"The Possible," a world premier by multi-faceted author Neil LaBute, opens the show. It's a tale of seduction, hesitation and victory that's also a humorous, realistic look at the all too purposefully vague definitions we assign to our selves. Just like life, the play is frustrating at times, occasionally exasperating and aggressively forthright by intention, a powerful combination.
Director Milton Zoth does a nice job of building and relieving tension and, even though we can see the end point from early on in the story, he manages to maintain a sense of uncertainty. There's an undeniable sexual tension in the script that actors Rachel Fenton and Wendy Greenwood embrace, with Fenton the hesitant, stubbornly reluctant ingénue and Greenwood her determined, bisexual - well, she "doesn't do labels" -- pursuer. The two actresses avoid slipping into stereotypes and do seem magnetically drawn to one another; this balance keeps the performance lively and taut and interesting.
"Cleansing Acts," written by Carlos Perez and directed with a sure, unwavering hand by Steve Woolf, is as darkly humorous and deeply sweet as it is thought provoking. The script never judges, though it might raise an eyebrow every now and then, as the story reflects on loss, as well as feeling lost and hopeless, with bittersweet tenderness.
Justin Ivan Brown, Andra Hawkins and Jackie Manker all deliver painfully honest, touchingly funny and lingering performances that resonate with an irrepressible lure, expertly mirroring the play's sub context. Brown's relationships with each actress are built around convenient deceptions; yet he delivers an achingly raw, desperate performance. Hawkins and Manker also manage to delve into the truth behind their carefully guarded facades.
"Pinky Swear," by popular St. Louis actor turned west coast actor/author Tyler Vickers, is an intriguing and delightfully puzzling out-of-order nod to 40's detective movies and the popularity of the slightly nerdy hero. There's also an uncomfortable, ugly truth in its uncertainty that director Linda Kennedy successfully squeezes right to its breaking point.
Intelligent choices, emotional vulnerability and those nerdish tendencies ensure the audience likes and responds to Tom Lehman's performance, even though the opening scene has got to give you pause about this guy. Aaron Orion Baker kept me guessing, and fully involved, with his updated riff on the gumshoe detective -- private or police style. The crisp, patterned dialogue was both interesting and evocative, and Kennedy kept things moving at a brisk pace. Finally, the number of quick scenes gave the show the feel of a classic detective movie, with the red and white checked tablecloth icing on the cake.
"The Elephant in the Room" deeply affected me with its examination of worth and self-worth. The insidiously insightful script by Alexis Clements was brought to life with exuberance, fear and promise by a fully committed Suki Peters and a brutal self-evaluation that burned with a fire to excel on her own terms by Greenwood.
Directed by Kennedy with subtle grace, this show sneaks up on you, and the pun of the title has a significance that builds as each character wrestles with upcoming events of personal significance. Peters is funny in the way that a Shakespearian fool is -- unabashedly honest and with an intelligent, and possibly reckless, abandon. Greenwood offers an introspective contrast; the intense anger in her builds slowly but is critical to her character. She doesn't explode, she digs deeper and finds a steely center of resolve.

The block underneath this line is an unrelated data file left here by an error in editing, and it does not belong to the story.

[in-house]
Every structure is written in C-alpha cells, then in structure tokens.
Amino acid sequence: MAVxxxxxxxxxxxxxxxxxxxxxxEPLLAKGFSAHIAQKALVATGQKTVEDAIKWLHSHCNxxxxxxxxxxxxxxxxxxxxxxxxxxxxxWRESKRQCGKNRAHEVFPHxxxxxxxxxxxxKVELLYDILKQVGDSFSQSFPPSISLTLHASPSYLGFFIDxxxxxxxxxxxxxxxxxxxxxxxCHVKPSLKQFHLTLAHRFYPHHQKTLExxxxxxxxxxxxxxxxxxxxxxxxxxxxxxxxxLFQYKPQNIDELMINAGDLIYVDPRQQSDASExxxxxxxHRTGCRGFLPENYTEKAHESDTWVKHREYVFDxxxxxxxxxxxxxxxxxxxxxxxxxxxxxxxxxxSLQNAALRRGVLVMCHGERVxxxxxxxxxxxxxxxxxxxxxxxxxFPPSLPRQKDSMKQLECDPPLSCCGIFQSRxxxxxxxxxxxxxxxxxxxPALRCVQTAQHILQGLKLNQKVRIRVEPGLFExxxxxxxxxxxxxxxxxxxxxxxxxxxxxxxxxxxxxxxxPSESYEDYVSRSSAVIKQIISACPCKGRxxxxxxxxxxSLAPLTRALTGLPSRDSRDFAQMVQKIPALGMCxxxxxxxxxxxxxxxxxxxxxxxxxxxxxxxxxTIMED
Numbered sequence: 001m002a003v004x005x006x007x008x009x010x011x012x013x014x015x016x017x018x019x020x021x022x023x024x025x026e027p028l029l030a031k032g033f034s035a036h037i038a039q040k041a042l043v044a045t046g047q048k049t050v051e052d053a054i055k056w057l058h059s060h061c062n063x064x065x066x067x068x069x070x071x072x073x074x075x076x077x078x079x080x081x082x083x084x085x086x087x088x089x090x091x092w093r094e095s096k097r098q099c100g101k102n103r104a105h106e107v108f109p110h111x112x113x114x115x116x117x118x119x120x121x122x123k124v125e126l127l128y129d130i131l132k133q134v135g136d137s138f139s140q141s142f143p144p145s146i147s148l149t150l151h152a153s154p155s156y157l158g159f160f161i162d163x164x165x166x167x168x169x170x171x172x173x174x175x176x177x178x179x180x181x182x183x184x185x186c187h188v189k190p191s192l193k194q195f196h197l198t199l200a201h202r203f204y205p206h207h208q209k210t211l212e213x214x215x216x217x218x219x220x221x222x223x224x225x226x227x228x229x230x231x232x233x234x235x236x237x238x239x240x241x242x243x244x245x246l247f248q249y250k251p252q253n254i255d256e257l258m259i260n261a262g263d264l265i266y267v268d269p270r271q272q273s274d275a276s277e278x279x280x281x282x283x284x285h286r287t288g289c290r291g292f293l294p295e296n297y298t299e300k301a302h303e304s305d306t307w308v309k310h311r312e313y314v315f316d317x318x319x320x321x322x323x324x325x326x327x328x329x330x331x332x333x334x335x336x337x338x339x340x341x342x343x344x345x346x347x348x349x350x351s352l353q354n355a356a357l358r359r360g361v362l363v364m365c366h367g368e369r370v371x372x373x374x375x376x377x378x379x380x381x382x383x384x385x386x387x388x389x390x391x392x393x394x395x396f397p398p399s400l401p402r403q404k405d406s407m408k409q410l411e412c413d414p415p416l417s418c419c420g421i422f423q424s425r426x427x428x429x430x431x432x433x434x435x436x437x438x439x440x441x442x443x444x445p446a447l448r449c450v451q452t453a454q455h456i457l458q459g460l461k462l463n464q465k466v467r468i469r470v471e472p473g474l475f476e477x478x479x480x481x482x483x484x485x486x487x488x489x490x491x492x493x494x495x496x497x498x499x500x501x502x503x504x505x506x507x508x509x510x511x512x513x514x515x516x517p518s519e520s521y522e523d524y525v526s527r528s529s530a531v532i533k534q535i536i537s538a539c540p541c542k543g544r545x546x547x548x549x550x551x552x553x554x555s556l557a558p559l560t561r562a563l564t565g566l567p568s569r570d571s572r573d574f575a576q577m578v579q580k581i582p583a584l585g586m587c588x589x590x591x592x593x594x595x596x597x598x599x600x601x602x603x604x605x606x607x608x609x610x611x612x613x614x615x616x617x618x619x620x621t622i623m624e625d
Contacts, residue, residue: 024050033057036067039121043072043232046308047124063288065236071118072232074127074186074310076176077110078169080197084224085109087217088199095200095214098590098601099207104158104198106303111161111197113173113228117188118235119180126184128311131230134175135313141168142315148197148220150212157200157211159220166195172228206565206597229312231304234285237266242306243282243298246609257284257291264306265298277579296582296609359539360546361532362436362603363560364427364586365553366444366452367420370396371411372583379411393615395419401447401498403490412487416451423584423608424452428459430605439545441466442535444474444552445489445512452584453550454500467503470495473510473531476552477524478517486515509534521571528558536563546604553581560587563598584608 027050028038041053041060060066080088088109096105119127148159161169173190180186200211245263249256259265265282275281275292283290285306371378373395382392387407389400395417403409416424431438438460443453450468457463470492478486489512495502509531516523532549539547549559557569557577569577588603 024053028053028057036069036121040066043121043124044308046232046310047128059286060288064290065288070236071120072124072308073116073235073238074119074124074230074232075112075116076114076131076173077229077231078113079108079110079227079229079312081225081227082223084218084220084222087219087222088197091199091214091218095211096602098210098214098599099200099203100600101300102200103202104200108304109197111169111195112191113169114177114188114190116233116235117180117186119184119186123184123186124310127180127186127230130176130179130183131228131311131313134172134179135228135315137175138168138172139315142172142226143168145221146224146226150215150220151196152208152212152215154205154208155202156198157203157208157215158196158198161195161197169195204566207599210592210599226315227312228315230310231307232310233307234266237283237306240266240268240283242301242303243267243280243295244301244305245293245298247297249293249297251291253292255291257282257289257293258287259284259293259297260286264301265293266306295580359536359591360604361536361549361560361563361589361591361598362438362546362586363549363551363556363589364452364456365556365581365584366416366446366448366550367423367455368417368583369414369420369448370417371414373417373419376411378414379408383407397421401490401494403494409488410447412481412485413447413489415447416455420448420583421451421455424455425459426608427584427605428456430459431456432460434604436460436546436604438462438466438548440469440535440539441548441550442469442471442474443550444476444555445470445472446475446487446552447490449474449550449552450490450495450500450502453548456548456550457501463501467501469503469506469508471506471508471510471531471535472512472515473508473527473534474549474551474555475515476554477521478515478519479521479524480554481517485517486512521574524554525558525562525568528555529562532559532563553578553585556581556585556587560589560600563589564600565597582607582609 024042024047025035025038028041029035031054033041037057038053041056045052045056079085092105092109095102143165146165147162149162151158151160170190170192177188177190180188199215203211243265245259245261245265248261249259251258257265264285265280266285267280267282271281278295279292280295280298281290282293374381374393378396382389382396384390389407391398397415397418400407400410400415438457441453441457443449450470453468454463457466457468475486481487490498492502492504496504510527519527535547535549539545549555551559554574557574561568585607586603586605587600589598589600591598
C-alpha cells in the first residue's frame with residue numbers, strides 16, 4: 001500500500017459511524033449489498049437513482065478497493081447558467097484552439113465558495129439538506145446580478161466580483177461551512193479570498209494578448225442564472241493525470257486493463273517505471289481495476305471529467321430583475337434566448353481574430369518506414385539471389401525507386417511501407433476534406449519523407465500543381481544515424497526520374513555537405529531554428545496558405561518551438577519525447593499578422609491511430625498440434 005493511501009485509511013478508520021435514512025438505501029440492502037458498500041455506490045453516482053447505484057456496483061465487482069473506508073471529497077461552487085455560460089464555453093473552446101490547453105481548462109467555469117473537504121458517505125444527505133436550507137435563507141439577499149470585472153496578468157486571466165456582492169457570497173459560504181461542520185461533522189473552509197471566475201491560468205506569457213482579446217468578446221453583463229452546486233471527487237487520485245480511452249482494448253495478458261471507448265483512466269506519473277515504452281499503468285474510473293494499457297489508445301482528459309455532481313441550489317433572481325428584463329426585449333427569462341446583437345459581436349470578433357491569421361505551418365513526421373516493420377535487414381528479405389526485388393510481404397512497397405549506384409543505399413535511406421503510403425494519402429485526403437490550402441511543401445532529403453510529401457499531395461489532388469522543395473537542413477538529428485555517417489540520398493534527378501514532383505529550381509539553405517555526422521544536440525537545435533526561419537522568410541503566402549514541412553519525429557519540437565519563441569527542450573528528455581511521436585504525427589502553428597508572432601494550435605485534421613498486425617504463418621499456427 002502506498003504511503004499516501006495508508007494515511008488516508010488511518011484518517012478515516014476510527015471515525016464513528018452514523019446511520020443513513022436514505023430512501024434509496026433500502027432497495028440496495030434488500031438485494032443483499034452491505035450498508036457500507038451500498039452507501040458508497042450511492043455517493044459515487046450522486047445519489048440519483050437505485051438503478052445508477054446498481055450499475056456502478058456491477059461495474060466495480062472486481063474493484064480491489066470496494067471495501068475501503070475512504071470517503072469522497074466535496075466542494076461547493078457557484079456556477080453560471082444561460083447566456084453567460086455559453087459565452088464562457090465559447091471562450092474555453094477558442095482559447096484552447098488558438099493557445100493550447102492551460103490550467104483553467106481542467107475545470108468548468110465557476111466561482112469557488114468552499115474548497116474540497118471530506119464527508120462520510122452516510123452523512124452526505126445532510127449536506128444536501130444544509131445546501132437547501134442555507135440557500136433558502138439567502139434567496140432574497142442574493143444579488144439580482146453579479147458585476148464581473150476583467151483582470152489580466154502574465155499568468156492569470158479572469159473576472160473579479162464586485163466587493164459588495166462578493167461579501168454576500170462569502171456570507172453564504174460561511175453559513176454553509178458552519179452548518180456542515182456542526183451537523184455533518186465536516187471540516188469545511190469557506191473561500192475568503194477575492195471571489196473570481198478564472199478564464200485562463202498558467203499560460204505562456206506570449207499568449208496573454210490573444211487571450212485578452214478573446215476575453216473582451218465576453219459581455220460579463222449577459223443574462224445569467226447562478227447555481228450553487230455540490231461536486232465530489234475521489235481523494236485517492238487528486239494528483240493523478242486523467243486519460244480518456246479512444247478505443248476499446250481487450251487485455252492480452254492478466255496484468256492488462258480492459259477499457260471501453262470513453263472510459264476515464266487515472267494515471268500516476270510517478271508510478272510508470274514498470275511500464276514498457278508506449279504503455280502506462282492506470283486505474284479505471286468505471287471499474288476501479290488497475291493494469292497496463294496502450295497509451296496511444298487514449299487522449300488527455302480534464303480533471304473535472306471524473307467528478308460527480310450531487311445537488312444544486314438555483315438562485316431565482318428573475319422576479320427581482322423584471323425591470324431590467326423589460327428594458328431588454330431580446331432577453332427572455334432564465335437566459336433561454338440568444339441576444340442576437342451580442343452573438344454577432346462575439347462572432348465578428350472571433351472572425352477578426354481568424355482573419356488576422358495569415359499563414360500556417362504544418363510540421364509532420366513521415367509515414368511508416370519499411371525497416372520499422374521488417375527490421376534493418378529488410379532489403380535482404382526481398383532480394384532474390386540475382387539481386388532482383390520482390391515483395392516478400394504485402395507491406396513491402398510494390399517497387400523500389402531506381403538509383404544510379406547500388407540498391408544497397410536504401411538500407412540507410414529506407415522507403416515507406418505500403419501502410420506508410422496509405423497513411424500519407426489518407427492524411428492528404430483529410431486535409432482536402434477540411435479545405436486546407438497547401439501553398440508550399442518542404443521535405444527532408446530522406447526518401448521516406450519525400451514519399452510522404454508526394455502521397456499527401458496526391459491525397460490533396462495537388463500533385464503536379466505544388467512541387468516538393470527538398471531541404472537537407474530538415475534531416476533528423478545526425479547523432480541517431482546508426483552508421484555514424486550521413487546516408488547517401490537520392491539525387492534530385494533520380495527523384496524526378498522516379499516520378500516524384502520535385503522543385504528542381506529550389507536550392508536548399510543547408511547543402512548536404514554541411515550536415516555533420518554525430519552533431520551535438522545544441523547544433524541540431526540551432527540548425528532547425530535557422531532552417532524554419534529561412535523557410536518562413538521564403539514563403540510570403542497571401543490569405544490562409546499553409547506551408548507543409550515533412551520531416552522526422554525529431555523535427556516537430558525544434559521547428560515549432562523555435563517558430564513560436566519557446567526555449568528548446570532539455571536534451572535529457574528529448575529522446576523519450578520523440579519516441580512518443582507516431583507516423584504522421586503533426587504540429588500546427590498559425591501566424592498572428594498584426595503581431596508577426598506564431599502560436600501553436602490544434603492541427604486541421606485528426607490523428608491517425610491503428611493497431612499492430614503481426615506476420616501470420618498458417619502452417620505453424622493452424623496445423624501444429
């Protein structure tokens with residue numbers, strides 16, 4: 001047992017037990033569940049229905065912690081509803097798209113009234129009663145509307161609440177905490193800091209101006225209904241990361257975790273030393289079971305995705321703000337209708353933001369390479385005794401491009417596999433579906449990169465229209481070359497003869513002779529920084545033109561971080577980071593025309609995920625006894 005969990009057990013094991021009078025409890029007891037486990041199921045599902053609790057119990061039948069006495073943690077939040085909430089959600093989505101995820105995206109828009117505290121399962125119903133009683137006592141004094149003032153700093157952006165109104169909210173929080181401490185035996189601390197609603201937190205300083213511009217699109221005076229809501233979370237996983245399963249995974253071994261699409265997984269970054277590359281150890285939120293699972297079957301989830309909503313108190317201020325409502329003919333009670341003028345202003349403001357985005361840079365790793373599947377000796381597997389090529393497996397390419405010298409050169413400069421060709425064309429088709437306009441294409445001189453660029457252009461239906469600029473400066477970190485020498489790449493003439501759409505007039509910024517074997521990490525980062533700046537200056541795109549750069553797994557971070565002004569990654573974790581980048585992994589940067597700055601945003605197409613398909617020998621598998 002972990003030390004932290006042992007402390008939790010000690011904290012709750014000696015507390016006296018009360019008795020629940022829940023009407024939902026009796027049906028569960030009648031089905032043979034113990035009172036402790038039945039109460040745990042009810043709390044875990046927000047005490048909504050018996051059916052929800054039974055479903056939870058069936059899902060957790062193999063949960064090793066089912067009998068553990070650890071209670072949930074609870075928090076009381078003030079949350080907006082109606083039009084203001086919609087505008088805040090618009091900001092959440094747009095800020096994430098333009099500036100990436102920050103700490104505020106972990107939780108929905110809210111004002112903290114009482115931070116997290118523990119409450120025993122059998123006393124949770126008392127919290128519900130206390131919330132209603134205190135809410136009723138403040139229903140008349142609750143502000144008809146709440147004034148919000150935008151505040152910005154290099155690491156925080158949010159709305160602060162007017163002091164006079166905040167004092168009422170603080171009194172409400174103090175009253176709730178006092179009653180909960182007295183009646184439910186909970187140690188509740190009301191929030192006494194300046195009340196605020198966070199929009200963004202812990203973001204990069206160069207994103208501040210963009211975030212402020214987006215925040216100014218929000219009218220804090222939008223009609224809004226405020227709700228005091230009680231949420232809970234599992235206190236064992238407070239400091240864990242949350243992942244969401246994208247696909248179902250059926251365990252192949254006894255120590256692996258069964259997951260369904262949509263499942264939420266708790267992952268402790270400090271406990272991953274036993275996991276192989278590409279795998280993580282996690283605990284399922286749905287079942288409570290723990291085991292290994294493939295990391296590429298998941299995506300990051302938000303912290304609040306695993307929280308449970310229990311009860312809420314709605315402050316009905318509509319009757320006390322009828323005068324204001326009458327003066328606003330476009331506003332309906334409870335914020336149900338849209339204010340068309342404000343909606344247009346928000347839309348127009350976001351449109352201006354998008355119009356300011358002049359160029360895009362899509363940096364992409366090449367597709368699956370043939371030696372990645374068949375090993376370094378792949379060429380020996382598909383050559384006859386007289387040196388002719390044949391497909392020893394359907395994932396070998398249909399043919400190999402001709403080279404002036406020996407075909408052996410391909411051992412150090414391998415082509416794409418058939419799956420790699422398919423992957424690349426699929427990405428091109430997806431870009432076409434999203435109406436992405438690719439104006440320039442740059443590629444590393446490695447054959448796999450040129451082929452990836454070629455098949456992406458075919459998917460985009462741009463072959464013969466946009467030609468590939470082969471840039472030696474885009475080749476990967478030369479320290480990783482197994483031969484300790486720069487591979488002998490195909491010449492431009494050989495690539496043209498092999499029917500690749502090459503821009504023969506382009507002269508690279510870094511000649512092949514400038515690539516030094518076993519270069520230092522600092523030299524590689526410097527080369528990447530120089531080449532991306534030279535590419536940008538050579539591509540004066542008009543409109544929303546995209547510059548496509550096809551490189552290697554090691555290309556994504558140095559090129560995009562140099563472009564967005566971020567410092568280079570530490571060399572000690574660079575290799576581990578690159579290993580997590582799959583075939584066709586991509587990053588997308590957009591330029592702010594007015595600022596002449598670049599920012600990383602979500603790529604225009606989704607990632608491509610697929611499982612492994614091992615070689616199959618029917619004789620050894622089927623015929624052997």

"Two Irishmen Are Digging a Grave," by GD Kimble, provides a fitting complementary bookend to LaBute's play. The audience knows the end game from the opening moment of both scenes, and, still, director Woolf plays with us, ensuring the piece is at once successfully frenetic and chillingly calm, letting the actors and action pause just a moment before delivering each critical blow.
The naked truth is, literally, staring right at the audience in Nathan Bush's intense, brutal performance, the choice to direct his monologue to the audience as if they were his captors may be initially disarming, but it's also quite effective. Ensemble members Brown and Baker join Bush in delivering impressive, stripped-to-the-bone performances and develop incredible tension from the opening line to the parting shot.
The inventive, flexible-wall set by Jim Burwinkel and well-choreographed set changes by stage manager Amy J. Paige and her crew were nearly flawless, an impressive feat considering the number of plays and scenes. The lighting, on the other hand, always seems to be a trouble spot at this small venue; it's so frustrating to have an actor's head in the shadows when watching an otherwise exceptional performance.
An additional aspect of the "LaBute New Theater Festival" that deserves mention is the competition aspect and, in particular, the high school playwright competition, which culminated in a staged reading of five new works by young artists on Saturday, July 6, 2013. It is difficult enough for adult playwrights to find an opportunity to see their works performed and their talents promoted. Developing and encouraging young artists is critical to the continuation of art, and St. Louis Actors' Studio is to be commended for their foresight and commitment. I know I am already planning to attend next year's festival and the staged readings.
It should be noted that the show does contain some nudity, as well as adult themes and situations. The Festival continues through July 28th, with part one closing Sunday July 14th. For more information: stlas.org.